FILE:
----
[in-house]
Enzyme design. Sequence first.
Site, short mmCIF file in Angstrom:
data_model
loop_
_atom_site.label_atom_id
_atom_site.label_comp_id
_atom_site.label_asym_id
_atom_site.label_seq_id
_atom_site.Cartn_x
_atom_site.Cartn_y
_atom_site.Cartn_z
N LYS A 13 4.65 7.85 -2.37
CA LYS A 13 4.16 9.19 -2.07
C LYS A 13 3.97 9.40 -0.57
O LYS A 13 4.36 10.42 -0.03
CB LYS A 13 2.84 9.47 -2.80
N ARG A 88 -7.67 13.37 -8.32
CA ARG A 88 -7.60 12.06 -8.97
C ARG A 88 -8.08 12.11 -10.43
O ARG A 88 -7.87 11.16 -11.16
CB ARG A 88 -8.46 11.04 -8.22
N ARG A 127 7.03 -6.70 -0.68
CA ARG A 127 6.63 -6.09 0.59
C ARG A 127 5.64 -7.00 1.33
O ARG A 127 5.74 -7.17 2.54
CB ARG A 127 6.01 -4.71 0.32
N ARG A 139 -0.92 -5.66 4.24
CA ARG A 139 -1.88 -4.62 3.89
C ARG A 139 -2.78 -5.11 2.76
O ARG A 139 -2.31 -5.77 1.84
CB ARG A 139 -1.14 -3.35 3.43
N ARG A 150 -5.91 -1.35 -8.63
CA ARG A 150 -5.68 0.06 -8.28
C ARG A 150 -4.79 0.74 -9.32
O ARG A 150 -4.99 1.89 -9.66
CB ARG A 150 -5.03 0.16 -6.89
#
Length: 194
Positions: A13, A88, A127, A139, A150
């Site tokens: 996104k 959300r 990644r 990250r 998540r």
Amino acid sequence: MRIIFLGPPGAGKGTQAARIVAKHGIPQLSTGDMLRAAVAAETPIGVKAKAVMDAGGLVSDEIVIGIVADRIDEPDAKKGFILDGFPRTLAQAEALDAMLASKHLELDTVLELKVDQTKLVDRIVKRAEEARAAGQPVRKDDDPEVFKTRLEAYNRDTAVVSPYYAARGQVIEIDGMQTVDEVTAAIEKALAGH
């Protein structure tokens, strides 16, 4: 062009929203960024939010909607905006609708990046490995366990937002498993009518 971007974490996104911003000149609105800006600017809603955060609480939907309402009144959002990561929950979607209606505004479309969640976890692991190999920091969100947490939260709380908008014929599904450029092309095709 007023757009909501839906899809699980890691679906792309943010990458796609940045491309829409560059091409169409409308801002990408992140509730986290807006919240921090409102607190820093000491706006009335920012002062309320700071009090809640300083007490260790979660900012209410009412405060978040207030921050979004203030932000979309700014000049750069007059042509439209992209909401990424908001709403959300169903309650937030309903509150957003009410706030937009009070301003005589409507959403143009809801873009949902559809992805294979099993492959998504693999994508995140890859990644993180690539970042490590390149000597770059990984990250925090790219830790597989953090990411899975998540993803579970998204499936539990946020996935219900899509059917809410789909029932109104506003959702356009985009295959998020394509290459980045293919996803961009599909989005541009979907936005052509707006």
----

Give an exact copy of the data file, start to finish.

[in-house]
Enzyme design. Sequence first.
Site, short mmCIF file in Angstrom:
data_model
loop_
_atom_site.label_atom_id
_atom_site.label_comp_id
_atom_site.label_asym_id
_atom_site.label_seq_id
_atom_site.Cartn_x
_atom_site.Cartn_y
_atom_site.Cartn_z
N LYS A 13 4.65 7.85 -2.37
CA LYS A 13 4.16 9.19 -2.07
C LYS A 13 3.97 9.40 -0.57
O LYS A 13 4.36 10.42 -0.03
CB LYS A 13 2.84 9.47 -2.80
N ARG A 88 -7.67 13.37 -8.32
CA ARG A 88 -7.60 12.06 -8.97
C ARG A 88 -8.08 12.11 -10.43
O ARG A 88 -7.87 11.16 -11.16
CB ARG A 88 -8.46 11.04 -8.22
N ARG A 127 7.03 -6.70 -0.68
CA ARG A 127 6.63 -6.09 0.59
C ARG A 127 5.64 -7.00 1.33
O ARG A 127 5.74 -7.17 2.54
CB ARG A 127 6.01 -4.71 0.32
N ARG A 139 -0.92 -5.66 4.24
CA ARG A 139 -1.88 -4.62 3.89
C ARG A 139 -2.78 -5.11 2.76
O ARG A 139 -2.31 -5.77 1.84
CB ARG A 139 -1.14 -3.35 3.43
N ARG A 150 -5.91 -1.35 -8.63
CA ARG A 150 -5.68 0.06 -8.28
C ARG A 150 -4.79 0.74 -9.32
O ARG A 150 -4.99 1.89 -9.66
CB ARG A 150 -5.03 0.16 -6.89
#
Length: 194
Positions: A13, A88, A127, A139, A150
């Site tokens: 996104k 959300r 990644r 990250r 998540r």
Amino acid sequence: MRIIFLGPPGAGKGTQAARIVAKHGIPQLSTGDMLRAAVAAETPIGVKAKAVMDAGGLVSDEIVIGIVADRIDEPDAKKGFILDGFPRTLAQAEALDAMLASKHLELDTVLELKVDQTKLVDRIVKRAEEARAAGQPVRKDDDPEVFKTRLEAYNRDTAVVSPYYAARGQVIEIDGMQTVDEVTAAIEKALAGH
């Protein structure tokens, strides 16, 4: 062009929203960024939010909607905006609708990046490995366990937002498993009518 971007974490996104911003000149609105800006600017809603955060609480939907309402009144959002990561929950979607209606505004479309969640976890692991190999920091969100947490939260709380908008014929599904450029092309095709 007023757009909501839906899809699980890691679906792309943010990458796609940045491309829409560059091409169409409308801002990408992140509730986290807006919240921090409102607190820093000491706006009335920012002062309320700071009090809640300083007490260790979660900012209410009412405060978040207030921050979004203030932000979309700014000049750069007059042509439209992209909401990424908001709403959300169903309650937030309903509150957003009410706030937009009070301003005589409507959403143009809801873009949902559809992805294979099993492959998504693999994508995140890859990644993180690539970042490590390149000597770059990984990250925090790219830790597989953090990411899975998540993803579970998204499936539990946020996935219900899509059917809410789909029932109104506003959702356009985009295959998020394509290459980045293919996803961009599909989005541009979907936005052509707006």